Home Pro NFL Armour: Same Old Saints Marching Toward Another Lost Season

Armour: Same Old Saints Marching Toward Another Lost Season

Armour: Same Old Saints Marching Toward Another Lost Season
Dec 21, 2015; New Orleans, LA, USA; New Orleans Saints quarterback Drew Brees (9) talks to head coach Sean Payton during their game against the Detroit Lions in the fourth quarter of the game at the Mercedes-Benz Superdome. Photo: Chuck Cook-USA TODAY Sports

Say this for the New Orleans Saints, at least they’re consistent.

For the third year in a row, the Saints are oh-for-September. Sure, there’s still another game left this month. But considering how dismal New Orleans looked in a 36-20 loss to the New England Patriotson Sunday — which wasn’t even as close as the score indicated, honestly — there’s no reason to believe the Saints can shake their September funk.

Or regroup to make a run at the playoffs. Or even be relevant.

“We just finished talking about the sprint here that we are in to improve each week,” Saints coach Sean Payton said. “Obviously you start out like this and there is disappointment. And, yet, we have the right type of locker room.”

Yes, that’s how bad things are. Two games in, and the Saints are already grasping for the locker room defense.

Despite having one of the best quarterbacks in the game with Drew Brees, New Orleans hasn’t really been a factor in the last five years. One season with double-digit victories, 7-9 finishes all the rest.

There’s a variety of factors, but the common theme is slow starts. The Saints are on the verge of being 0-3 for a third consecutive year. In 2014, they lost their first two, managed to win in Week 3 and then promptly dropped their fourth for a 1-3 start.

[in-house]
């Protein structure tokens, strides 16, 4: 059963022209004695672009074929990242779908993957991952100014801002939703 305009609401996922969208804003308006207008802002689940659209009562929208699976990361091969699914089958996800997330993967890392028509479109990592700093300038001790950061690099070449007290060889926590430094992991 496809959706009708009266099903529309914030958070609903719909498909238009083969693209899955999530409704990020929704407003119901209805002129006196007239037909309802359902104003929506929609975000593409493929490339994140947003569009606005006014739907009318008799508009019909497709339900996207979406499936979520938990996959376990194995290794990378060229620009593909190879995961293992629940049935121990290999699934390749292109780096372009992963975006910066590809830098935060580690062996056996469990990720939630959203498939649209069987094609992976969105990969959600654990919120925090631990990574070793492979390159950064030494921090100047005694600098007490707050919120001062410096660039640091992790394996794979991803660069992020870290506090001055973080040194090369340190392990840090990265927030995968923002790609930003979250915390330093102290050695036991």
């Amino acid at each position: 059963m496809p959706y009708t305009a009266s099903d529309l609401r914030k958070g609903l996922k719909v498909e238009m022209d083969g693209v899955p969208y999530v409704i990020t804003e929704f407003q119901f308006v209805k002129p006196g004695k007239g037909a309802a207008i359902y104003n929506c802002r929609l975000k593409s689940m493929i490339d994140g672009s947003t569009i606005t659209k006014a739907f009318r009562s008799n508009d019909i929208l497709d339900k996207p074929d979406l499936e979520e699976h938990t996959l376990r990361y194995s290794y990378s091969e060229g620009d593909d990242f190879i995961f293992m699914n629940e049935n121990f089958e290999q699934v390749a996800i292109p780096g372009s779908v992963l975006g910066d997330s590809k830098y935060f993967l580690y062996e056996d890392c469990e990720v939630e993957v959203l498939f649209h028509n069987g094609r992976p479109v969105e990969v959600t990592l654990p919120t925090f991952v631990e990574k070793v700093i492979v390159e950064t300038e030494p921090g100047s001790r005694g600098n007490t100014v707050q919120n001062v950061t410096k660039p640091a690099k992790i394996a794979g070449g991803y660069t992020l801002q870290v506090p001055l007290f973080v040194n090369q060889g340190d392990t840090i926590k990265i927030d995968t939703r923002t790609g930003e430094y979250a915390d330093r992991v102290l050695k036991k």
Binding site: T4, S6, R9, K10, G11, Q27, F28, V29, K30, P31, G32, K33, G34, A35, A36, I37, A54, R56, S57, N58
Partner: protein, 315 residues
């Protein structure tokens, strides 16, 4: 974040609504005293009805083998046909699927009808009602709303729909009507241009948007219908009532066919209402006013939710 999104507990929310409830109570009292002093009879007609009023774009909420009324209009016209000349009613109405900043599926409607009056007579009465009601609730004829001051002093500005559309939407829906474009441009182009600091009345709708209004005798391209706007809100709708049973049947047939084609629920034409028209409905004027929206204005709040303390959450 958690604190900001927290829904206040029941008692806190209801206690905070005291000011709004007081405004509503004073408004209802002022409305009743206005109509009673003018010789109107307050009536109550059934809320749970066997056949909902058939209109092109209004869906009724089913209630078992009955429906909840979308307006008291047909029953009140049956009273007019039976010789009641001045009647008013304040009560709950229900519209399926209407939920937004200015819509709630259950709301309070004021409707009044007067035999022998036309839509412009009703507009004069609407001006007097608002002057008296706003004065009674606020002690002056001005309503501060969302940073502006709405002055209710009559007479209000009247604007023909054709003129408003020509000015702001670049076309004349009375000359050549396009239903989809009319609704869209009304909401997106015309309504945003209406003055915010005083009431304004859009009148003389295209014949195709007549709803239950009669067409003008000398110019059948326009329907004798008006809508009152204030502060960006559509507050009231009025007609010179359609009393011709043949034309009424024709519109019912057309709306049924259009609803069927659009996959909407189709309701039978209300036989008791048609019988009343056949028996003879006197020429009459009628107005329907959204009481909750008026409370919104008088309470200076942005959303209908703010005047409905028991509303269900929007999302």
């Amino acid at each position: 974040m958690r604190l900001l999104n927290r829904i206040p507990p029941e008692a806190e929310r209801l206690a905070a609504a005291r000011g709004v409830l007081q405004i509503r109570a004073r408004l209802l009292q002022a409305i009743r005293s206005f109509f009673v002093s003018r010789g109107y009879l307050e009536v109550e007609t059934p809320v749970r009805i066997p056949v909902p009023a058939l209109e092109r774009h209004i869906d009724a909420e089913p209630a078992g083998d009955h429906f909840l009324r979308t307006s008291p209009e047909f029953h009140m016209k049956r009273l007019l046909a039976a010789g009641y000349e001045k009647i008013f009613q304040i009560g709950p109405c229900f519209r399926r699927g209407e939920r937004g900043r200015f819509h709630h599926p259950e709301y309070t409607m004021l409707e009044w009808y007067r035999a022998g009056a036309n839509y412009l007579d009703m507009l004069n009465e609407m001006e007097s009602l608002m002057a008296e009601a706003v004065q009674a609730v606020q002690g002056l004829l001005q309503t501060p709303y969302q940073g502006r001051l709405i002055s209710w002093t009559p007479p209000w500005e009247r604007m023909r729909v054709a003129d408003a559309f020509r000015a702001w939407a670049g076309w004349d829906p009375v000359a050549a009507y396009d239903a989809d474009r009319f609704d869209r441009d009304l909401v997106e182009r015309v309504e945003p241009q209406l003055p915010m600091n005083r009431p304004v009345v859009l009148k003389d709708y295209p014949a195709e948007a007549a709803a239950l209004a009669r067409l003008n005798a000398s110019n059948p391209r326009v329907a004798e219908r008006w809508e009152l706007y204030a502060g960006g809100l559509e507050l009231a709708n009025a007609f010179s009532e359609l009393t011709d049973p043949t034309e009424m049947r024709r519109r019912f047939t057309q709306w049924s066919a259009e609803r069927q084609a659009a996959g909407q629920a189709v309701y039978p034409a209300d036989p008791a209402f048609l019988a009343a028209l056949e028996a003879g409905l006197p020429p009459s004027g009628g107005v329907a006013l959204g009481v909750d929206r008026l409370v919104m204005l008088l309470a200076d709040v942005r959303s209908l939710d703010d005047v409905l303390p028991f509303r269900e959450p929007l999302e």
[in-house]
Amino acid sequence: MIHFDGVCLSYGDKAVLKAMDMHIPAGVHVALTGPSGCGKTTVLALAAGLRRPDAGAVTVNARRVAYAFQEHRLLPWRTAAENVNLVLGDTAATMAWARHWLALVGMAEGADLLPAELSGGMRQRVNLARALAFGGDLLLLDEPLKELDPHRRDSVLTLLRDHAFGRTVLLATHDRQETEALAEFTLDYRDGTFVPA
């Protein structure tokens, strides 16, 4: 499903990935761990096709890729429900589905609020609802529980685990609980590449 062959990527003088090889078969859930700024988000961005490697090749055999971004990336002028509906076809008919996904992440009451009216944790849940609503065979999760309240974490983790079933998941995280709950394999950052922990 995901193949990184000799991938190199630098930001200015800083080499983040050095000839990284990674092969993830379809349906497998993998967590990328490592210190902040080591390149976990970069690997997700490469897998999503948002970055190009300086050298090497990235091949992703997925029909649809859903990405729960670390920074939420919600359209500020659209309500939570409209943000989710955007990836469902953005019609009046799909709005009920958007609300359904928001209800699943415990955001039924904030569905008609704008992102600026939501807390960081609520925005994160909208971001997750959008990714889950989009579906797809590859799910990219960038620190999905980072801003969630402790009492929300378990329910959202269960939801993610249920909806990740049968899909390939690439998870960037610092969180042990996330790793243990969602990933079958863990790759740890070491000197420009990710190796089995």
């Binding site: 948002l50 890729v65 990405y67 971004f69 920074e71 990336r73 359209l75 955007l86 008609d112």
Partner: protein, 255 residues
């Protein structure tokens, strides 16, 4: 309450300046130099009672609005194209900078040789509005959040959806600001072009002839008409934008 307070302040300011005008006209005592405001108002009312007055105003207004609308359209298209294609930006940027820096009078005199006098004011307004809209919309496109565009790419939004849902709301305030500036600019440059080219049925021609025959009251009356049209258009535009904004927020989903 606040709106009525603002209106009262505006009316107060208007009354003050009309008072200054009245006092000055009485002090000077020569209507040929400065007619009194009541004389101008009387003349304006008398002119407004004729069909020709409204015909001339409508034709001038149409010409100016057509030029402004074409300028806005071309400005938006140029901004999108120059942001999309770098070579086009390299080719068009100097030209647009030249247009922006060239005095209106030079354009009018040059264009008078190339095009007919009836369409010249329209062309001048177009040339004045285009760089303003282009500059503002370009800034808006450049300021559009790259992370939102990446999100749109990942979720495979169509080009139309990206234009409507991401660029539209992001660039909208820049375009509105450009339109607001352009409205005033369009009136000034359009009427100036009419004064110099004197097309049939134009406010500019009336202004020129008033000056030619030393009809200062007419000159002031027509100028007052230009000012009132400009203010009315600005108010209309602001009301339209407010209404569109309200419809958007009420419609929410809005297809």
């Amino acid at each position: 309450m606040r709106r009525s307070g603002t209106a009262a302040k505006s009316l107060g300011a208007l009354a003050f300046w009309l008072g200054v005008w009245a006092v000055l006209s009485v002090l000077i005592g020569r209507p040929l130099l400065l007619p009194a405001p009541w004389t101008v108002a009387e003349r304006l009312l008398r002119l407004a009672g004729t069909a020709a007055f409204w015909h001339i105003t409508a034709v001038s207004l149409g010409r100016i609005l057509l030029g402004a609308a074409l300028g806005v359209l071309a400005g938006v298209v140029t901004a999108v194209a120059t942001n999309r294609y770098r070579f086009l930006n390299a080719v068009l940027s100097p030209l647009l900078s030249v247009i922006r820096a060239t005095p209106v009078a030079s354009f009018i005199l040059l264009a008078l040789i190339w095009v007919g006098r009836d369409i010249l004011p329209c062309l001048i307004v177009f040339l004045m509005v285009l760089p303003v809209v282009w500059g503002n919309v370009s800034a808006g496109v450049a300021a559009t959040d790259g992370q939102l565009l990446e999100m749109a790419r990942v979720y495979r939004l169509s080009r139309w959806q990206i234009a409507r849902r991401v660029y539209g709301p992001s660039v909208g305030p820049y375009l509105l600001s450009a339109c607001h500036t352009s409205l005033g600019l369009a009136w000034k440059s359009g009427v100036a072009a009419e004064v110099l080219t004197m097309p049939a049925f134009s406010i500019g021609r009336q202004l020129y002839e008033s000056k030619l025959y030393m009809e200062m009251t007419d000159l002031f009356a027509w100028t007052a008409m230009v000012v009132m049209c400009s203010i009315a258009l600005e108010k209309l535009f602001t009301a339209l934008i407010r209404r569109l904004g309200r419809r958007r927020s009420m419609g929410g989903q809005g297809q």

“It’s frustrating, but it’s a new season,” said receiver Brandon Coleman, who has been with the Saints since 2014. “I am not going to compare it to last year. Even though it might seem that way, I’m encouraged. It’s still early in the season.”

But it’s getting late in a hurry. The Saints travel to Carolina and Miami the next two weekends. After the bye, they come home for a game against Detroit before going to Green Bay. It’s not a stretch to think New Orleans could be 0-6 before the Chicago Bears, one of the few teams even more hapless, visit the Superdome on Oct. 29.

This isn’t a case of getting a player or two healthy, or making a play or two more in each half. The Saints have some fundamental flaws that make significant improvement unlikely.

The most glaring issue, yet again, is the defense, which is once again struggling to stop opposing offenses.

The worst pass defense in the NFL last year has already given up 777 yards though the air — yep, most in the league — and that was with New England running the ball in the second half to chew up the clock. The Saints rank last in total defense (almost 513 yards  allowed per week) and yards allowed per play (7.6). Only the New York Jets have surrendered more points than New Orleans’ 65.

Oh, and when the Saints do manage to make a momentum-changing play, they still find a way to spoil it. Twice they appeared to intercept Brady, only to have the play wiped out each time by a penalty. One of those miscues Sunday was by safety Kenny Vaccaro, a first-round pick in 2013 who now is reportedly being shopped. Payton benched him after the costly penalty.

One guy who’s not playing? Adrian Peterson. Though he tried to brush off his sideline sniping at Payton during the opener against his old team, the Minnesota Vikings, Peterson would say later that he “didn’t sign up for nine snaps.” He didn’t have many more Sunday, touching the ball only eight times.

Granted, the Saints were playing catch-up from the opening drive. But it was obvious there’s little rhythm to the offense, which clearly misses receivers Brandin Cooks and Willie Snead IV. (Cooks was traded to the Patriots in the offseason, and Snead is suspended one more game after being busted for drunk driving.)

“I don’t know if it’s one specific player,” Payton said. “It’s Week 2.”

Of which season? Given the last few seasons, it’s all starting to look the same.

A big mess.

By Nancy Armour

This article was republished with permission from the original author and 2015 Ronald Reagan Media Award recipient, Nancy Armour, and the original publisher, USA Today. Follow columnist Nancy Armour on Twitter @nrarmour.


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